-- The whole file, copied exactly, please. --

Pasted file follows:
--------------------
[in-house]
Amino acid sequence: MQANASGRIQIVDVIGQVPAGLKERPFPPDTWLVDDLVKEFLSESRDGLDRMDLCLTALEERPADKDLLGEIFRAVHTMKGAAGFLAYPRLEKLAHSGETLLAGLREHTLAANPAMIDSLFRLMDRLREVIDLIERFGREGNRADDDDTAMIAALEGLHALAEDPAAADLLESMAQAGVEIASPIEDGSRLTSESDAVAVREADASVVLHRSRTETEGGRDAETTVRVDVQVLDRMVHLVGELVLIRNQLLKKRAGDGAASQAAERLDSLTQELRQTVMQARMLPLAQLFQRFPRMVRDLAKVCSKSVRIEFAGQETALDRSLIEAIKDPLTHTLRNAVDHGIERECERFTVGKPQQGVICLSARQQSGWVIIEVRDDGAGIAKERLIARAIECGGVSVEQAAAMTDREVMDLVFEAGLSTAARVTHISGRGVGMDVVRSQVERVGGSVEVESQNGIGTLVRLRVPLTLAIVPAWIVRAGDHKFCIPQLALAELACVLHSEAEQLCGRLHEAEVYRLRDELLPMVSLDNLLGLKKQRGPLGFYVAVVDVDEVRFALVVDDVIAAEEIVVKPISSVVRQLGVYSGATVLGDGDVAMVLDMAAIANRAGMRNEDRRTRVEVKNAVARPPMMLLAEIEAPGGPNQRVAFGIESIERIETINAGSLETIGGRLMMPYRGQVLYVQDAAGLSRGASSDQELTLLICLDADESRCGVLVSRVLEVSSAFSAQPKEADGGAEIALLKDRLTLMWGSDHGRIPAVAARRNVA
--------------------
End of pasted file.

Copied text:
[in-house]
Amino acid sequence: MQANASGRIQIVDVIGQVPAGLKERPFPPDTWLVDDLVKEFLSESRDGLDRMDLCLTALEERPADKDLLGEIFRAVHTMKGAAGFLAYPRLEKLAHSGETLLAGLREHTLAANPAMIDSLFRLMDRLREVIDLIERFGREGNRADDDDTAMIAALEGLHALAEDPAAADLLESMAQAGVEIASPIEDGSRLTSESDAVAVREADASVVLHRSRTETEGGRDAETTVRVDVQVLDRMVHLVGELVLIRNQLLKKRAGDGAASQAAERLDSLTQELRQTVMQARMLPLAQLFQRFPRMVRDLAKVCSKSVRIEFAGQETALDRSLIEAIKDPLTHTLRNAVDHGIERECERFTVGKPQQGVICLSARQQSGWVIIEVRDDGAGIAKERLIARAIECGGVSVEQAAAMTDREVMDLVFEAGLSTAARVTHISGRGVGMDVVRSQVERVGGSVEVESQNGIGTLVRLRVPLTLAIVPAWIVRAGDHKFCIPQLALAELACVLHSEAEQLCGRLHEAEVYRLRDELLPMVSLDNLLGLKKQRGPLGFYVAVVDVDEVRFALVVDDVIAAEEIVVKPISSVVRQLGVYSGATVLGDGDVAMVLDMAAIANRAGMRNEDRRTRVEVKNAVARPPMMLLAEIEAPGGPNQRVAFGIESIERIETINAGSLETIGGRLMMPYRGQVLYVQDAAGLSRGASSDQELTLLICLDADESRCGVLVSRVLEVSSAFSAQPKEADGGAEIALLKDRLTLMWGSDHGRIPAVAARRNVA